Corporations have recently caught on that using sponsorships and influencer marketing techniques within sports products to promote their products is one of the savviest and most reliable ways to reach their target market. It is a great opportunity for them to show consumers their interest in a cause or event and gain their trust, especially in the case of men aged 18-34, a usually hard demographic to reach.
While the budget is important and consequently so is reducing your bottom line by taking on sponsors, so should be taking care of the inherent identity. Sports teams should be careful not to sign with just any company offering up a nice little sum of money because, at the end of the day, this is their event, their branding, and their reputation.
Some of the questions that should be analyzed are do their values align with yours? How is their reputation? How else can one find potential sponsors? Most companies proudly display their values and mission statement on their website so a team can do some research before signing a permanent contract. It is vital to check to see what their ideals are, what causes they support, what they hold nearest and dearest. It is common to see sponsors as just a business – providing money for a service – but the audience is going to connect the sponsors with your brand, for better or worse.
For one example, in the early 2000’s, Atletico Madrid was sponsored by Columbia Pictures, who would change the shirt logo every so often throughout the 2003/04 season to promote their latest movie, e.g classics such as “Hitch”, “White Chicks”, and perhaps the most infamous, Spiderman 2. Check out these flagrantly sponsored jerseys:
There are ways of judging the degree to which a sponsor's brand or reputation is consistent with the team's. For the sake of one’s reputation, they should be wary of partnering with companies that have just had a scandal or were in the public eye for a negative reason. With social media and the instant news of today’s world, it’s easier than ever for a company to make a misstep that quickly tarnishes their image. To put it into recent context, if you were sponsored by United Airlines after the customer mistreatment scandal in April 2017, it likely hurt you more than it helped.
Of course, while a sports team can research what has happened in the past, there really is no telling what might happen in the future. It is always a possibility that a sponsor might make a large fiasco but that is why it is so important to have a solid contract that protects a team in the case something goes wrong, as well as developing a good contingency, or backup, plan.
If a sponsor wants to establish a pay-for-performance agreement, scaling its payments to the performance of the team on the field or scaling its payments to game-day attendance, this plan should be listened to seriously. This proposition does seem fair. Sports organizations should be held accountable for their performance with regards to sponsorship agreements.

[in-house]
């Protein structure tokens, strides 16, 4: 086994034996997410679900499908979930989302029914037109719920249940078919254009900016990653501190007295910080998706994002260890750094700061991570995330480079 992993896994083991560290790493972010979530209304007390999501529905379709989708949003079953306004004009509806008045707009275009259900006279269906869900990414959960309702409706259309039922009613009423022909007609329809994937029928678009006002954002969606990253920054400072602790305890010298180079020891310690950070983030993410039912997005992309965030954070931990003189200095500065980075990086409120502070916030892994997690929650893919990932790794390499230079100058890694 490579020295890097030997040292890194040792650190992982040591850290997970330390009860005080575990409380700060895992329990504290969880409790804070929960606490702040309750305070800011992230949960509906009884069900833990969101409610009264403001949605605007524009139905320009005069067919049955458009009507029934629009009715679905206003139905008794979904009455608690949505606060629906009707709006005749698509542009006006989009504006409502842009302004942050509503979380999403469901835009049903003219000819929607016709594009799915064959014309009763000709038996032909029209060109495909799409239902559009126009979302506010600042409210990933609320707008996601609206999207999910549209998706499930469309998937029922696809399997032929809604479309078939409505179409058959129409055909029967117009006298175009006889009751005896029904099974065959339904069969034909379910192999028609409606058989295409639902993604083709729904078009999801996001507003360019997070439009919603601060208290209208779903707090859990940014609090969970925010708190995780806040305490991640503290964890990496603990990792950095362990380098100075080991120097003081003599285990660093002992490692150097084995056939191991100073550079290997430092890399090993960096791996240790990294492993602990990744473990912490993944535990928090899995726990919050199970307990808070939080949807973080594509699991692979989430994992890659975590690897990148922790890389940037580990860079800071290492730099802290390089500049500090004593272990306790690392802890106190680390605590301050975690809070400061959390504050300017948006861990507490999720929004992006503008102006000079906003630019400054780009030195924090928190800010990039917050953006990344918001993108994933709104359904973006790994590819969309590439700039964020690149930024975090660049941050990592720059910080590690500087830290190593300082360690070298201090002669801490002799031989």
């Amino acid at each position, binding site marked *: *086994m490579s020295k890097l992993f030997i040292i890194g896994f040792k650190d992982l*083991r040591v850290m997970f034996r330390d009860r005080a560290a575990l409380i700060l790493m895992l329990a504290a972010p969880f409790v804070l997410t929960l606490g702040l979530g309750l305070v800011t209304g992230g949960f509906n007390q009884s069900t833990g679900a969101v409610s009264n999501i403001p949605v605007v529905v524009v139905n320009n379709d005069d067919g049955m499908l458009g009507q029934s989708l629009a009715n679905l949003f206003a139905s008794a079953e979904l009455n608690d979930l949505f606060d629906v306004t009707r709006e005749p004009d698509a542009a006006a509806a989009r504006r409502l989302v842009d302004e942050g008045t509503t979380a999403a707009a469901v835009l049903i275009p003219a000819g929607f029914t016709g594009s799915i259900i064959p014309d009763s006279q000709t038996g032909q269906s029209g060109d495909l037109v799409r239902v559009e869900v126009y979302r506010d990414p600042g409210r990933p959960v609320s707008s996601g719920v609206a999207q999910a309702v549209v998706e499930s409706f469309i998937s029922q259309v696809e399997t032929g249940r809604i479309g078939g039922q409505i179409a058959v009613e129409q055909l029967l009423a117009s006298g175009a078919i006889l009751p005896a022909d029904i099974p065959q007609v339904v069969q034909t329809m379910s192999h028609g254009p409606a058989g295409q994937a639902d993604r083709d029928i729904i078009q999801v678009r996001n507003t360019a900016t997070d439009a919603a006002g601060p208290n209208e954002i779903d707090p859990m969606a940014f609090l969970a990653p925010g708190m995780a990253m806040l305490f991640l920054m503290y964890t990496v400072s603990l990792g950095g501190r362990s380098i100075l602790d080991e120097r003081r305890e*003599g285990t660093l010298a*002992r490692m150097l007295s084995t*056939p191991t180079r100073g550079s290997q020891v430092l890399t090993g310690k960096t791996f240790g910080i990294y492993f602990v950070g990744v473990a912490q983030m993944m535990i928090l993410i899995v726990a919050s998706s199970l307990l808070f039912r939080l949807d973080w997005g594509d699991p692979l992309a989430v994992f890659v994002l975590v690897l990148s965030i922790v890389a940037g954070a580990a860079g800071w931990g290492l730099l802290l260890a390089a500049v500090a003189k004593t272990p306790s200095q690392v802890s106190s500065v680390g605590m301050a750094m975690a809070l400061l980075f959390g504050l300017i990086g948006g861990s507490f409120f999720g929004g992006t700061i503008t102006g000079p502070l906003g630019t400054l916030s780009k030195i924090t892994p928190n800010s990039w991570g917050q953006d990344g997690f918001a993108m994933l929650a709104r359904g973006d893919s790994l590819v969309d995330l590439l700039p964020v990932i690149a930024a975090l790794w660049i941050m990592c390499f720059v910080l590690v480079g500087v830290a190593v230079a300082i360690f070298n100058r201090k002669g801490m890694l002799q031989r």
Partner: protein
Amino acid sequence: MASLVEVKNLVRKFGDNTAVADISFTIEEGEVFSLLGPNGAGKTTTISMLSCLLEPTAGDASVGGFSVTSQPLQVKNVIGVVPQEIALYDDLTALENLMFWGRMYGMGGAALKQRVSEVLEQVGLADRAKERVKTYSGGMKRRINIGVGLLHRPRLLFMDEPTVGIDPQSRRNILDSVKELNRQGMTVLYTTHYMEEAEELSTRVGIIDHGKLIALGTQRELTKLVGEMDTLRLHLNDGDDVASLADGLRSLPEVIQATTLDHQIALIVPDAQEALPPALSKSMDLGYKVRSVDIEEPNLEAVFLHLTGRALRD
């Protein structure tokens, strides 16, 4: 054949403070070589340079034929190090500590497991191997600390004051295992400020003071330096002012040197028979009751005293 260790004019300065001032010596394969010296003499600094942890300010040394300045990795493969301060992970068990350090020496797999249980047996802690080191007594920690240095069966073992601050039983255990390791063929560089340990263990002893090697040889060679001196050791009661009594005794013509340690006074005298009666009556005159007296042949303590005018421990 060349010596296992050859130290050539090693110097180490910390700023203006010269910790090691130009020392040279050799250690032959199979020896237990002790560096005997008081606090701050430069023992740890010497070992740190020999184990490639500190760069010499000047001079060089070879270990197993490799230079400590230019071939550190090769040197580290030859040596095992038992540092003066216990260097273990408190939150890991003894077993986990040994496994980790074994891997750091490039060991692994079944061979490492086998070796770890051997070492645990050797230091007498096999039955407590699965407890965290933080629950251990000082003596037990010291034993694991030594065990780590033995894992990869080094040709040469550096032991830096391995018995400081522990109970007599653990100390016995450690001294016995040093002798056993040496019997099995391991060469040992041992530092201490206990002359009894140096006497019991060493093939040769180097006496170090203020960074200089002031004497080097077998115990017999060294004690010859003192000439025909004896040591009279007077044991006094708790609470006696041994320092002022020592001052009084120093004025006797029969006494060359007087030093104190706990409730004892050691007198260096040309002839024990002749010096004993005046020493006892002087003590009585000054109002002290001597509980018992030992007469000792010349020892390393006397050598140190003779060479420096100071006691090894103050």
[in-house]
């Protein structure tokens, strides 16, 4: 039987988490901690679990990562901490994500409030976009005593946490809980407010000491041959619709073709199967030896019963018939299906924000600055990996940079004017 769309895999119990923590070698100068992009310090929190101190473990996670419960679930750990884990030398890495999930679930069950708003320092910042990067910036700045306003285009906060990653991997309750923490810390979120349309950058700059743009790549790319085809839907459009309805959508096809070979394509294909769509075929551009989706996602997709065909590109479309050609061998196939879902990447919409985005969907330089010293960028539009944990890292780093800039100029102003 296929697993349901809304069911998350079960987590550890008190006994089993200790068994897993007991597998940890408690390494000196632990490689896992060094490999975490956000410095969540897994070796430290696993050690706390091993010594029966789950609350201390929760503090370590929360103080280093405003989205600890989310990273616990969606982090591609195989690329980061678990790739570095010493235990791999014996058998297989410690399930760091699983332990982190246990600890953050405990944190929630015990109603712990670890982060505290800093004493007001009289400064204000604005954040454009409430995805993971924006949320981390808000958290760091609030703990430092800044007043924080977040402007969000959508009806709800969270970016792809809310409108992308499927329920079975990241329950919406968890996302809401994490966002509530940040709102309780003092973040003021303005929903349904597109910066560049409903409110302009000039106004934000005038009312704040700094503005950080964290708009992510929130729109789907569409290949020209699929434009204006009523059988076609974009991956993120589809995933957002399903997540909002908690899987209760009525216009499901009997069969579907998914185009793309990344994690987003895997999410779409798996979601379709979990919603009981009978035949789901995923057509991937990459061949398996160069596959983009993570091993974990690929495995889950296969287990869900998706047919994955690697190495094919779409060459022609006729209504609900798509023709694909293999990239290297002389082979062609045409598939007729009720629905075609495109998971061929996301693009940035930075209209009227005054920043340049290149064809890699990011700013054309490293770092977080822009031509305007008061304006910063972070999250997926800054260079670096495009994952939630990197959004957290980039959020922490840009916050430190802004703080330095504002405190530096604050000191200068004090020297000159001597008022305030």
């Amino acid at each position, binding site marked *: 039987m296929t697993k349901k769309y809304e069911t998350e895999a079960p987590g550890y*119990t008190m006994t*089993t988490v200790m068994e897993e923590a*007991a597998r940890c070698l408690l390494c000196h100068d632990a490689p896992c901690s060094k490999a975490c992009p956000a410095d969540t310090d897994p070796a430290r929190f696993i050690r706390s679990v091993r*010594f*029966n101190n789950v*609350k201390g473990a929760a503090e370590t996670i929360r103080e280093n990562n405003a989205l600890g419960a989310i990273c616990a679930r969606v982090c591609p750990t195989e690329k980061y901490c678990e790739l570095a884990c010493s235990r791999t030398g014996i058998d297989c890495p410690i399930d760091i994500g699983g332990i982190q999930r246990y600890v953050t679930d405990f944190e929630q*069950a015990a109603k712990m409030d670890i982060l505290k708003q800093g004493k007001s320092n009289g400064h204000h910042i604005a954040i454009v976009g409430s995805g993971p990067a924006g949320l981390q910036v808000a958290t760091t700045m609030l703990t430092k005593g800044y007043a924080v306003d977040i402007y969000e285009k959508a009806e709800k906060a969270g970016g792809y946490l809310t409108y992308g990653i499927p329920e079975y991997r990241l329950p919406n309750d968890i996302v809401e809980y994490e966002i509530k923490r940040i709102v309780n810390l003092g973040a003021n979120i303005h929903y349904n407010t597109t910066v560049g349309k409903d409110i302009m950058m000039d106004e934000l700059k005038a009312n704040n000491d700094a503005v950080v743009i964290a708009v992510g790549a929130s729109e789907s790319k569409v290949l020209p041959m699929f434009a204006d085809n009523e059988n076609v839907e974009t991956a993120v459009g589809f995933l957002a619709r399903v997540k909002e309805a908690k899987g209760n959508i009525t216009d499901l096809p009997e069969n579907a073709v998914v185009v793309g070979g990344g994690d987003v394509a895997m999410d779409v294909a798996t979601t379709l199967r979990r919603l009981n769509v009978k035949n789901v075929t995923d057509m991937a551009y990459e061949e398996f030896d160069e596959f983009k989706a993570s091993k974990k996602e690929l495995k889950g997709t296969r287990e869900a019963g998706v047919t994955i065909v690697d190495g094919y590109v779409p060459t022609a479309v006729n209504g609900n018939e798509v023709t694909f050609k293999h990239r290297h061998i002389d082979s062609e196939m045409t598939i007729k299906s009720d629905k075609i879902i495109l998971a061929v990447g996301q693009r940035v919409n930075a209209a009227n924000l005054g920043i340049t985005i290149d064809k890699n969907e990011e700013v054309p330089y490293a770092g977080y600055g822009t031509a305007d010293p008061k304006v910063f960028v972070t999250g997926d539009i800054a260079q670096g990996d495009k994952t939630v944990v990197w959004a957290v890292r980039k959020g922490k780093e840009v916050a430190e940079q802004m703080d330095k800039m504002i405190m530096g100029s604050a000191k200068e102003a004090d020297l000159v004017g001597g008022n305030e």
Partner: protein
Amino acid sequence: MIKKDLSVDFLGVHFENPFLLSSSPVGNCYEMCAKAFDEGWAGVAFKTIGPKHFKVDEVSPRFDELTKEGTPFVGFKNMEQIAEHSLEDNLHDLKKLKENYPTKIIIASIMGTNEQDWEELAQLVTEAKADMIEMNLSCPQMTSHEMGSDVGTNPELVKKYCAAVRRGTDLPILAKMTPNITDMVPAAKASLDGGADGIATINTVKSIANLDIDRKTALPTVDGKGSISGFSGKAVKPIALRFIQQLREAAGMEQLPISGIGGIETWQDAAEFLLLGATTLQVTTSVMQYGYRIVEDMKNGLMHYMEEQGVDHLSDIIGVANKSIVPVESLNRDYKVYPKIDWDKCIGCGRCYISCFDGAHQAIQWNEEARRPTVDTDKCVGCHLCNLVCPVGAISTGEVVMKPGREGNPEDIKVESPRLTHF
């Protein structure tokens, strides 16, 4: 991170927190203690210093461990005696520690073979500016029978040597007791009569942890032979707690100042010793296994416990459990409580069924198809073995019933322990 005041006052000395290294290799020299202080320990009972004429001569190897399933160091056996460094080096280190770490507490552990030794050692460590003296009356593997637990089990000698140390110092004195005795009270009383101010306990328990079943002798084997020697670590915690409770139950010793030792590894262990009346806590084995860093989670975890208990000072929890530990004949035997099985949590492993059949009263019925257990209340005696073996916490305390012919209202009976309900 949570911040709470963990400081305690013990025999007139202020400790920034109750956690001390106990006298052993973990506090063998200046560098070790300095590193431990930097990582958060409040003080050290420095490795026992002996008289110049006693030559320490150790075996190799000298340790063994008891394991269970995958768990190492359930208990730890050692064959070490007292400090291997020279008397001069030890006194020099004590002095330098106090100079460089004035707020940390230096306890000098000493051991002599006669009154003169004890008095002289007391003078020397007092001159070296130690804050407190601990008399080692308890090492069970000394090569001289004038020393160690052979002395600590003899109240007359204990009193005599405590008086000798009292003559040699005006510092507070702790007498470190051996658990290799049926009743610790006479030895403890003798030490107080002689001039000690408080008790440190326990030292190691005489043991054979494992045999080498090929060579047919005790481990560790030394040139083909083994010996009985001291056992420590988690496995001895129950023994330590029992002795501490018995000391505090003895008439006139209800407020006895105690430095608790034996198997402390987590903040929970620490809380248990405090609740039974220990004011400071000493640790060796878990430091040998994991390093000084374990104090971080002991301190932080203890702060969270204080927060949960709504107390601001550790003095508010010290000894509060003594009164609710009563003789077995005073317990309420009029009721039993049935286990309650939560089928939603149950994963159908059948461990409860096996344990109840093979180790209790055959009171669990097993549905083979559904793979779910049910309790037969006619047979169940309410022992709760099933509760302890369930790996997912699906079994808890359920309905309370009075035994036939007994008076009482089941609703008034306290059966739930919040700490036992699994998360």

The fairness component of most performance-based sponsorship deals seems to focus on the quantity of impressions. If a team qualifies for the playoffs, then they are able to broadcast their sponsorship to hundreds of millions of fans who will watch the game each year. If they fail to make the playoffs, then the team will obviously lose the optimal number of overall impressions.
Interestingly, the quantity of impressions does not necessarily correlate with the quality of said impressions. As they say, all impressions are not created equal. The quality of an impression can be defined as the degree to which an organization can help its corporate sponsorship increase partner revenue or meet other corporate partnership goals that do not necessarily have a component defined monetarily.
Most of the impressions from signs, jerseys, or apparel sponsorship go towards increasing brand awareness. While audiences that see a company’s logo are more likely to purchase their service in the future, these interactions are not as important as impressions that allow corporations to acquire new customers or retain current business partners.
Sponsorships should help generate profitable revenue growth and help further an organization’s business goals. Consequently, generating a large number of impressions should be used as the standard to evaluate the partnership value of a sponsor. However, it can be argued that taking the guaranteed sponsorship deal, even if the resultant profit is a less than the potential of maximizing a pay for performance agreement, would be more beneficial if a team’s owner was quite risk averse.
What do you think? Are sponsorships getting too far out of line? Let us know what you think in the comments below!
The SaberSmart Team